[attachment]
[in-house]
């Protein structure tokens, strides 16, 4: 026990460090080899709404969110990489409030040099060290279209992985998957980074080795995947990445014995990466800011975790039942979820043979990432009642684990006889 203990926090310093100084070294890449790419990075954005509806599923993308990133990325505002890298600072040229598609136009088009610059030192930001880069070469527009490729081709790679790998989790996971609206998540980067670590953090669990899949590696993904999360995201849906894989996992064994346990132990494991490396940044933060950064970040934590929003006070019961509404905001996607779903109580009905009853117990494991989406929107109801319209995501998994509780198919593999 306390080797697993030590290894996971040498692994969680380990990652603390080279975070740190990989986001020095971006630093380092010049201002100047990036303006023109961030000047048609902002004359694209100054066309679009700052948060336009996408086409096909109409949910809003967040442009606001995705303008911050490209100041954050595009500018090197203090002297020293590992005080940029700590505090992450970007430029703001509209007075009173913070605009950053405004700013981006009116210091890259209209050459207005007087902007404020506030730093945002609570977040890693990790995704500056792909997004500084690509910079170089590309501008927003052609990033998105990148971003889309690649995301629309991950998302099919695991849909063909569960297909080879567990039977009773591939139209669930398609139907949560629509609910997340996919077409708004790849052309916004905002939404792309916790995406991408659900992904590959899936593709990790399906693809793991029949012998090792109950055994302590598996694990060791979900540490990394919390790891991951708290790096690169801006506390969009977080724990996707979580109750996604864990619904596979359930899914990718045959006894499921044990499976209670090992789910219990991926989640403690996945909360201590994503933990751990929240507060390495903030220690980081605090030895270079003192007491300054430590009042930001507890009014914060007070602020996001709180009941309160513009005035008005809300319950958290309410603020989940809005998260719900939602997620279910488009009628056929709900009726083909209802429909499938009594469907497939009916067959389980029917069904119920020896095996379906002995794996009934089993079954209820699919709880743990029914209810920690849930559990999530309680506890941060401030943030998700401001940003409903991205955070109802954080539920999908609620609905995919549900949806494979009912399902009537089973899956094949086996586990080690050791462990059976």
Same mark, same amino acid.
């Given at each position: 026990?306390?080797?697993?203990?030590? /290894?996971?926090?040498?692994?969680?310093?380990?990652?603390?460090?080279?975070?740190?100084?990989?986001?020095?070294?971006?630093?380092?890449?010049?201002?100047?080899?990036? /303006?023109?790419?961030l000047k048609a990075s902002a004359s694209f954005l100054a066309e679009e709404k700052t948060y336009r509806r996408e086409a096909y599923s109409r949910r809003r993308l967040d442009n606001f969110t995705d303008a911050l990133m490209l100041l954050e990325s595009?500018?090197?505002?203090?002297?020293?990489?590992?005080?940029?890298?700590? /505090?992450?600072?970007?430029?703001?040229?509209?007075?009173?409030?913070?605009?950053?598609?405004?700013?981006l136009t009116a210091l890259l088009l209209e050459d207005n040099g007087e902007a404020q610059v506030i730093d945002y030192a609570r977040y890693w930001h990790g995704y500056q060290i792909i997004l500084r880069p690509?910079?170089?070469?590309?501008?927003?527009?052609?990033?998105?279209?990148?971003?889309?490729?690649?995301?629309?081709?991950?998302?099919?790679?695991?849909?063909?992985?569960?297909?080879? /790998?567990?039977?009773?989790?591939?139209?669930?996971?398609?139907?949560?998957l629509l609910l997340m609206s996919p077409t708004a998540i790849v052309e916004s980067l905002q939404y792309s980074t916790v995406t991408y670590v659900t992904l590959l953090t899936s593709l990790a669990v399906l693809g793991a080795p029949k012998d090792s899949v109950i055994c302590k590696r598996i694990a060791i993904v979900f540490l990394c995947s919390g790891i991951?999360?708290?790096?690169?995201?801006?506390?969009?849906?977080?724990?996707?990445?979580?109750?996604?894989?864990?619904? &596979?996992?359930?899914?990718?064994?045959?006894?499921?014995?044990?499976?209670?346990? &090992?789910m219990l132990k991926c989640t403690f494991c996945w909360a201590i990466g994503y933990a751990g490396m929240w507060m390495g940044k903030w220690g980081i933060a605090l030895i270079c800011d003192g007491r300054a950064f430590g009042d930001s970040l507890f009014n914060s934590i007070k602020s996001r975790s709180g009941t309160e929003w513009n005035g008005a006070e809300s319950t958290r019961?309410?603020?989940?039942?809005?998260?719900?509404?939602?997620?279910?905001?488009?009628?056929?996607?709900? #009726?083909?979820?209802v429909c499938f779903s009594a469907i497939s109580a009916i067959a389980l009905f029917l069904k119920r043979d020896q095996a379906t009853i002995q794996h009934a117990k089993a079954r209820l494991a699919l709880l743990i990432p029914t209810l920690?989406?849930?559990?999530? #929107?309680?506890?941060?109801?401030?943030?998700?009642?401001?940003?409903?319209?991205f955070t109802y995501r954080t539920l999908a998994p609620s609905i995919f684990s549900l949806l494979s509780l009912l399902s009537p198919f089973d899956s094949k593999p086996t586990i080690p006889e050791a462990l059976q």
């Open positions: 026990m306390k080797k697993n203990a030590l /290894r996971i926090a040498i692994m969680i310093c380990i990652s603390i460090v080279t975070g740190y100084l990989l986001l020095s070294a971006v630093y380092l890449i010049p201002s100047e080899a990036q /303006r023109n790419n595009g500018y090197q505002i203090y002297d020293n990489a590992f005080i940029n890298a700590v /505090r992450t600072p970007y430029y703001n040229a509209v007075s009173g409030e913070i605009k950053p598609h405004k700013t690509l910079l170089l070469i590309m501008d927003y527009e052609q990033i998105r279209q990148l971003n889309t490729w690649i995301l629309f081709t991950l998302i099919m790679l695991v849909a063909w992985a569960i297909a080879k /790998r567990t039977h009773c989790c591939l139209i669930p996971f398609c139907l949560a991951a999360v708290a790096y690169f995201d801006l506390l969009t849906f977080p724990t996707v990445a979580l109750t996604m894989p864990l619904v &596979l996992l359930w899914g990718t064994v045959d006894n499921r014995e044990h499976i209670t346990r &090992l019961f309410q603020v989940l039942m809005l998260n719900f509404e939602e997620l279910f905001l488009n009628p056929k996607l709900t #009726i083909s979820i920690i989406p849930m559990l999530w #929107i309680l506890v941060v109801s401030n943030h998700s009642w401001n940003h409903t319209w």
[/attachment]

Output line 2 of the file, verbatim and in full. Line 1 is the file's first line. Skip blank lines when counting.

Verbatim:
């Protein structure tokens, strides 16, 4: 026990460090080899709404969110990489409030040099060290279209992985998957980074080795995947990445014995990466800011975790039942979820043979990432009642684990006889 203990926090310093100084070294890449790419990075954005509806599923993308990133990325505002890298600072040229598609136009088009610059030192930001880069070469527009490729081709790679790998989790996971609206998540980067670590953090669990899949590696993904999360995201849906894989996992064994346990132990494991490396940044933060950064970040934590929003006070019961509404905001996607779903109580009905009853117990494991989406929107109801319209995501998994509780198919593999 306390080797697993030590290894996971040498692994969680380990990652603390080279975070740190990989986001020095971006630093380092010049201002100047990036303006023109961030000047048609902002004359694209100054066309679009700052948060336009996408086409096909109409949910809003967040442009606001995705303008911050490209100041954050595009500018090197203090002297020293590992005080940029700590505090992450970007430029703001509209007075009173913070605009950053405004700013981006009116210091890259209209050459207005007087902007404020506030730093945002609570977040890693990790995704500056792909997004500084690509910079170089590309501008927003052609990033998105990148971003889309690649995301629309991950998302099919695991849909063909569960297909080879567990039977009773591939139209669930398609139907949560629509609910997340996919077409708004790849052309916004905002939404792309916790995406991408659900992904590959899936593709990790399906693809793991029949012998090792109950055994302590598996694990060791979900540490990394919390790891991951708290790096690169801006506390969009977080724990996707979580109750996604864990619904596979359930899914990718045959006894499921044990499976209670090992789910219990991926989640403690996945909360201590994503933990751990929240507060390495903030220690980081605090030895270079003192007491300054430590009042930001507890009014914060007070602020996001709180009941309160513009005035008005809300319950958290309410603020989940809005998260719900939602997620279910488009009628056929709900009726083909209802429909499938009594469907497939009916067959389980029917069904119920020896095996379906002995794996009934089993079954209820699919709880743990029914209810920690849930559990999530309680506890941060401030943030998700401001940003409903991205955070109802954080539920999908609620609905995919549900949806494979009912399902009537089973899956094949086996586990080690050791462990059976």